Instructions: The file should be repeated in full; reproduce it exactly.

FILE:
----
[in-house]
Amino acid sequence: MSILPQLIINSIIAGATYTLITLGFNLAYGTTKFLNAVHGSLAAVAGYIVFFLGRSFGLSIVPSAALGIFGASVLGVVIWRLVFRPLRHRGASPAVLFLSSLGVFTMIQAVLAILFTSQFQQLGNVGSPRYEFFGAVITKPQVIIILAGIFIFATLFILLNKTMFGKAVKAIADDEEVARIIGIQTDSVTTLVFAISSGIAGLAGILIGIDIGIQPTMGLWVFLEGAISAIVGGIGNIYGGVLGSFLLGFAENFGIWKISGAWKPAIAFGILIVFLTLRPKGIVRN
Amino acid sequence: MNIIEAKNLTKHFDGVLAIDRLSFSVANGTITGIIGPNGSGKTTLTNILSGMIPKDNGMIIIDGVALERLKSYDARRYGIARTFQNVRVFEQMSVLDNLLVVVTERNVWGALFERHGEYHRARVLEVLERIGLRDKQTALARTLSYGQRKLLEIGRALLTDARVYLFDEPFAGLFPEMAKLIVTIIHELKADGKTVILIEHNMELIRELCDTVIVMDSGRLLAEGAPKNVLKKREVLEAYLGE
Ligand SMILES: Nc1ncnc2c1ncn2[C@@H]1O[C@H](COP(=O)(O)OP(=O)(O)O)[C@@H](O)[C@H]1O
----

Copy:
[in-house]
Amino acid sequence: MSILPQLIINSIIAGATYTLITLGFNLAYGTTKFLNAVHGSLAAVAGYIVFFLGRSFGLSIVPSAALGIFGASVLGVVIWRLVFRPLRHRGASPAVLFLSSLGVFTMIQAVLAILFTSQFQQLGNVGSPRYEFFGAVITKPQVIIILAGIFIFATLFILLNKTMFGKAVKAIADDEEVARIIGIQTDSVTTLVFAISSGIAGLAGILIGIDIGIQPTMGLWVFLEGAISAIVGGIGNIYGGVLGSFLLGFAENFGIWKISGAWKPAIAFGILIVFLTLRPKGIVRN
Amino acid sequence: MNIIEAKNLTKHFDGVLAIDRLSFSVANGTITGIIGPNGSGKTTLTNILSGMIPKDNGMIIIDGVALERLKSYDARRYGIARTFQNVRVFEQMSVLDNLLVVVTERNVWGALFERHGEYHRARVLEVLERIGLRDKQTALARTLSYGQRKLLEIGRALLTDARVYLFDEPFAGLFPEMAKLIVTIIHELKADGKTVILIEHNMELIRELCDTVIVMDSGRLLAEGAPKNVLKKREVLEAYLGE
Ligand SMILES: Nc1ncnc2c1ncn2[C@@H]1O[C@H](COP(=O)(O)OP(=O)(O)O)[C@@H](O)[C@H]1O